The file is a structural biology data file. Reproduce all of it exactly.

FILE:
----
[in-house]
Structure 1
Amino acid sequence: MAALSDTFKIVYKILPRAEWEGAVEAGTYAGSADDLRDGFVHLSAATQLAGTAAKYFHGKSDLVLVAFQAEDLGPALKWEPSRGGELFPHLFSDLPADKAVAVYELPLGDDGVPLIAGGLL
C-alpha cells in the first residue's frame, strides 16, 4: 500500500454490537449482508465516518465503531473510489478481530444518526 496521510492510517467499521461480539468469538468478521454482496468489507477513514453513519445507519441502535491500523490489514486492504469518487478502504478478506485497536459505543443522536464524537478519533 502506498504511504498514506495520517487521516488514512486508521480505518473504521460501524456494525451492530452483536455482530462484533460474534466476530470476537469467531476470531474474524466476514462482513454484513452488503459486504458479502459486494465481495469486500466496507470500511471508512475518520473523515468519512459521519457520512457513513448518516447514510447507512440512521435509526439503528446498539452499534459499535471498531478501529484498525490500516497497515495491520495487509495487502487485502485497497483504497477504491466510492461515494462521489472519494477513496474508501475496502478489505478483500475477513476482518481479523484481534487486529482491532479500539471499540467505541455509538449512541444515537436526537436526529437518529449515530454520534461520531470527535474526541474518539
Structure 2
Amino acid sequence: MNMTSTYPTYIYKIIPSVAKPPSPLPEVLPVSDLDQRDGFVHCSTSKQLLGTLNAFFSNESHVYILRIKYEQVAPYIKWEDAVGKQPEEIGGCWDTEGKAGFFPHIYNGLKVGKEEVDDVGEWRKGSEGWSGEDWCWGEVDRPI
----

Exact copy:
[in-house]
Structure 1
Amino acid sequence: MAALSDTFKIVYKILPRAEWEGAVEAGTYAGSADDLRDGFVHLSAATQLAGTAAKYFHGKSDLVLVAFQAEDLGPALKWEPSRGGELFPHLFSDLPADKAVAVYELPLGDDGVPLIAGGLL
C-alpha cells in the first residue's frame, strides 16, 4: 500500500454490537449482508465516518465503531473510489478481530444518526 496521510492510517467499521461480539468469538468478521454482496468489507477513514453513519445507519441502535491500523490489514486492504469518487478502504478478506485497536459505543443522536464524537478519533 502506498504511504498514506495520517487521516488514512486508521480505518473504521460501524456494525451492530452483536455482530462484533460474534466476530470476537469467531476470531474474524466476514462482513454484513452488503459486504458479502459486494465481495469486500466496507470500511471508512475518520473523515468519512459521519457520512457513513448518516447514510447507512440512521435509526439503528446498539452499534459499535471498531478501529484498525490500516497497515495491520495487509495487502487485502485497497483504497477504491466510492461515494462521489472519494477513496474508501475496502478489505478483500475477513476482518481479523484481534487486529482491532479500539471499540467505541455509538449512541444515537436526537436526529437518529449515530454520534461520531470527535474526541474518539
Structure 2
Amino acid sequence: MNMTSTYPTYIYKIIPSVAKPPSPLPEVLPVSDLDQRDGFVHCSTSKQLLGTLNAFFSNESHVYILRIKYEQVAPYIKWEDAVGKQPEEIGGCWDTEGKAGFFPHIYNGLKVGKEEVDDVGEWRKGSEGWSGEDWCWGEVDRPI